By Ivan G. Goldman
The controversy over the Canelo Alvarez-Erislandy Lara contest was always focused on the wrong topic. The decision in favor of Canelo looked quite correct, although people I respect had it the other way. The real question is how anyone could stick a guy who fights like Lara in a pay-per-view match.
Charging $59.95 to see this fleeing mantis in high-def is like selling time-shares for nonexistent condominiums. Someone should call a cop. The fact that Lara can run backwards for twelve rounds is an impressive athletic ability, but that’s not footwork. It’s a half-marathon.
Now that Showtime has showed the fight again, this time to all the network’s subscribers, many more fans have had the chance to make their own judgments about the contest. I would guess an overwhelming majority of those who waited a week were profoundly happy they didn’t get sucked into buying a live showing.
What Lara showed us once again was that when an opponent who packs a punch comes at him, he jumps back again and again. Rarely does he stand his ground against attack. Nor does he step to the side. What Lara does do is use his extraordinary reach to land his excellent jab and occasionally stop running to throw some punches – often very good punches. Then he skedaddles all over again.
Fighters like him certainly have a right to fight their fight. After all, it’s a free country (though not as free as it was before the government began secretly monitoring all our electronic communications). But asking fans at home to pay extra to see Lara-type fighters is downright nuts – and duplicitous – because invariably the promoters and networks will advertise the fight as something fans will enjoy seeing. Which is precisely what Golden Boy and Showtime did.
It’s almost hard to imagine the kind of nerve it takes to produce and present a series of “All Access” shows that promote a Lara contest as something special. If I were putting him on my network I’d try to draw as little attention to it as possible. Because the more viewers that see it, the more viewers you’re going to disappoint. And the more who won’t be back for the next one.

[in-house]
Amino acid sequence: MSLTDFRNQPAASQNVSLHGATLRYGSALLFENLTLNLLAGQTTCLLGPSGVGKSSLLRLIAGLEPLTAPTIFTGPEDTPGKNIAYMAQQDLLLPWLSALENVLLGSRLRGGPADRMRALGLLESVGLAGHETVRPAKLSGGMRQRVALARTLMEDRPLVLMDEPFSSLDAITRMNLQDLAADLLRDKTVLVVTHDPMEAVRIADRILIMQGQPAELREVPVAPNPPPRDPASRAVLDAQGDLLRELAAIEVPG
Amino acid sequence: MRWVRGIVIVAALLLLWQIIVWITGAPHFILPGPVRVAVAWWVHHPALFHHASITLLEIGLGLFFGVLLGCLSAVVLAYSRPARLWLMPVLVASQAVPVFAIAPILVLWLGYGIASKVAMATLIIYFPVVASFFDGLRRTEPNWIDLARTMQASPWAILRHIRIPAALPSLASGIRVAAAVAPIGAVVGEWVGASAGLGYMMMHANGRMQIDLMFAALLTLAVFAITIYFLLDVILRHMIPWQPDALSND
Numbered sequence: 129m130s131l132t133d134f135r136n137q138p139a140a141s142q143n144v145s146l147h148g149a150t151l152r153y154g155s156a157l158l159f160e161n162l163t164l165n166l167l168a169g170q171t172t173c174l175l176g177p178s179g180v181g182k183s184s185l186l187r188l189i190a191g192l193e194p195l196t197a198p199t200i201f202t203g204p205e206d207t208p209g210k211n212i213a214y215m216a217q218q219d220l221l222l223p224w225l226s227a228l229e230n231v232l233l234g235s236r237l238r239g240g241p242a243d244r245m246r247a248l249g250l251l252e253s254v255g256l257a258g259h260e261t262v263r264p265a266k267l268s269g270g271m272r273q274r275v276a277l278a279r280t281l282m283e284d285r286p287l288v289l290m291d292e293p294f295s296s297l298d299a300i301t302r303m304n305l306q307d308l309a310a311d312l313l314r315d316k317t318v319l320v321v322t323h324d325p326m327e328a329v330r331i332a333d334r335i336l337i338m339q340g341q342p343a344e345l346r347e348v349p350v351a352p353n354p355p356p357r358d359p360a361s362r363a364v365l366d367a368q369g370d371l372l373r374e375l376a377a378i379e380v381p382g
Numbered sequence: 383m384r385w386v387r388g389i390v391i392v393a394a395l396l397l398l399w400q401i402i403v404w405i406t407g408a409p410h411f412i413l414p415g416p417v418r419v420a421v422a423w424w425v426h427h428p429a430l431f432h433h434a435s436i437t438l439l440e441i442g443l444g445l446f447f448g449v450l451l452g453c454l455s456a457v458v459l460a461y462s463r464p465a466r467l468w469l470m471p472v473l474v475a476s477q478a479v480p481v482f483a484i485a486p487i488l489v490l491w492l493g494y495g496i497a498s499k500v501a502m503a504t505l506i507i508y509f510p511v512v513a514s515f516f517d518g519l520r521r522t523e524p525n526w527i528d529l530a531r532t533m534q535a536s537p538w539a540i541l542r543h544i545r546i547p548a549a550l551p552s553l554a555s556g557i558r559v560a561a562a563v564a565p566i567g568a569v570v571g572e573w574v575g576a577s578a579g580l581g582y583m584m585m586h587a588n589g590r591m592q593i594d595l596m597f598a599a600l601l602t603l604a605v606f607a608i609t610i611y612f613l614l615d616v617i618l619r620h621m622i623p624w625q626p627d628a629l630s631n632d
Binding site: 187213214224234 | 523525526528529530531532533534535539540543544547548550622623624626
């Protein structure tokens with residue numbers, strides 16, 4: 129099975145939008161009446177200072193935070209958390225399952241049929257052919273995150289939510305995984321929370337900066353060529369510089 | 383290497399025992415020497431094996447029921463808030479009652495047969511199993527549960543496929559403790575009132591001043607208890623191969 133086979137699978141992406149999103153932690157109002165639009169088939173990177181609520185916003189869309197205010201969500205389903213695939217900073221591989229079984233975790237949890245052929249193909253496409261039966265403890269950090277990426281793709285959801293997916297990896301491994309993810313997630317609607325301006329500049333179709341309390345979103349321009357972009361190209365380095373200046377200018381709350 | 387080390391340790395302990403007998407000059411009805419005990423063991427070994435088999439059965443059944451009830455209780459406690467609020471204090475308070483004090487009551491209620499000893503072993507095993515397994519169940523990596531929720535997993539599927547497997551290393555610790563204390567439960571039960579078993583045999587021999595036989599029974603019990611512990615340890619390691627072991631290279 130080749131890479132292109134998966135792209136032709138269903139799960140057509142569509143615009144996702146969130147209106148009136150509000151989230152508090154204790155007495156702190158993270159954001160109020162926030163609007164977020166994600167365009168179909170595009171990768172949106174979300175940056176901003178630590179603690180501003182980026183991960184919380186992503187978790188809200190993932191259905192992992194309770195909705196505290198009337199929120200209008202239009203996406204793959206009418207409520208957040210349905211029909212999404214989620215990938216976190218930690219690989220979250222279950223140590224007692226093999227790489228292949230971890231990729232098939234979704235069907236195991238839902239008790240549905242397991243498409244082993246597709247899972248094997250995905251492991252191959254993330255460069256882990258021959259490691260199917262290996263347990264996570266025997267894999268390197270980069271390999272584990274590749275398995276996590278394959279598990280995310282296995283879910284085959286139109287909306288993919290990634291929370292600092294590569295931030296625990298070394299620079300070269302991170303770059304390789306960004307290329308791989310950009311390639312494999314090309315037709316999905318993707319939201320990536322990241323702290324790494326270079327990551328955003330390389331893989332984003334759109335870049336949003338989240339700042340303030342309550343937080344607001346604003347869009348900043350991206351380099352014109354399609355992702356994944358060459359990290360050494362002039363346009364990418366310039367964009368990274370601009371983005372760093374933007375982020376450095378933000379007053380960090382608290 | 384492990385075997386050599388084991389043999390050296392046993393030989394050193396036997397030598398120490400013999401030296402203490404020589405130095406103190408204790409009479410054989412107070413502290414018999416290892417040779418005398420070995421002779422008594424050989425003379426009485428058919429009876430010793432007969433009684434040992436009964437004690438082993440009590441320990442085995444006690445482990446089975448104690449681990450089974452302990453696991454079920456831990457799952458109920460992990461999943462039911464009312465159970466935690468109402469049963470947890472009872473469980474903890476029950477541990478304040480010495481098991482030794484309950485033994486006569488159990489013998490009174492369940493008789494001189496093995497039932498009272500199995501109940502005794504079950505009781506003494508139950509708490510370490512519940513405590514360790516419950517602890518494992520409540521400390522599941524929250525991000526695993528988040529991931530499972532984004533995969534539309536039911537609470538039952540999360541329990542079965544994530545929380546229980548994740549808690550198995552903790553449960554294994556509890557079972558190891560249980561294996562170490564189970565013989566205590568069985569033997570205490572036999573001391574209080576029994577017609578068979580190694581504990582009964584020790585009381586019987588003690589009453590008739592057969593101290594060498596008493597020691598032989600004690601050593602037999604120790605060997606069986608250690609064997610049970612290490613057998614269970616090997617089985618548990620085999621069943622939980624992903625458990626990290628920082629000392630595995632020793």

The card was another example of something I call the Mexican tax. That’s when greedy promoters and networks force Mexican and Mexican-American fans to pay extra for their loyalty. Beloved Canelo could sell tickets if he were fighting a billy goat so the fraudsters who make these decisions figure it’s okay to stick them with a snooze-mongering opponent and still demand extra payment.
By the way, Canelo, 44-1-1 (31 KOs) wasn’t exactly perfect. He came forward trying to make a fight of it, but on too many occasions when he got into range he just stopped and looked at Lara. Perhaps it was in amazement. Do my eyes deceive me? Why, the guy’s not going backwards! Oops, there he goes again.
Anyway, Canelo just turned 24 and he’s still learning. Lara belittled him every chance he got, but his feet told the real story, and they showed the tough Mexican plenty of Cuban respect.
Showtime can console itself with the knowledge that it didn’t just hurt itself with this fight. It hurt archrival HBO as well. Because fans care little about which network presents a particular PPV card. They just want to see good fights, and when they’re left with a bad taste in their mouths they will be less willing to buy the next one, regardless of who’s presenting it.
Also unsatisfactory was the network analysts’ constant labeling of Canelo-Lara as a contest between the two best junior middleweights in the world. Didn’t they see Floyd Mayweather decisively defeat Canelo in a junior middleweight contest last September on their own network? Do they have any doubts that they’d get the same outcome if there were a rematch? Yet these on-camera guys (with the exception of MMA and wrestling mouthpiece Mauro Ranallo) are genuine boxing experts. Unfortunately, when forced to choose between facts and sleazy network propaganda, once again they dive into sleaze.
My hat is off to Brian Kenney, who called it the way it was.
New York Times best-selling author Ivan G. Goldman’s Sick Justice: Inside the American Gulag was released in 2013 by Potomac Books. Watch for The Debtor Class: A Novel from Permanent Press in spring, 2015. More Information Here
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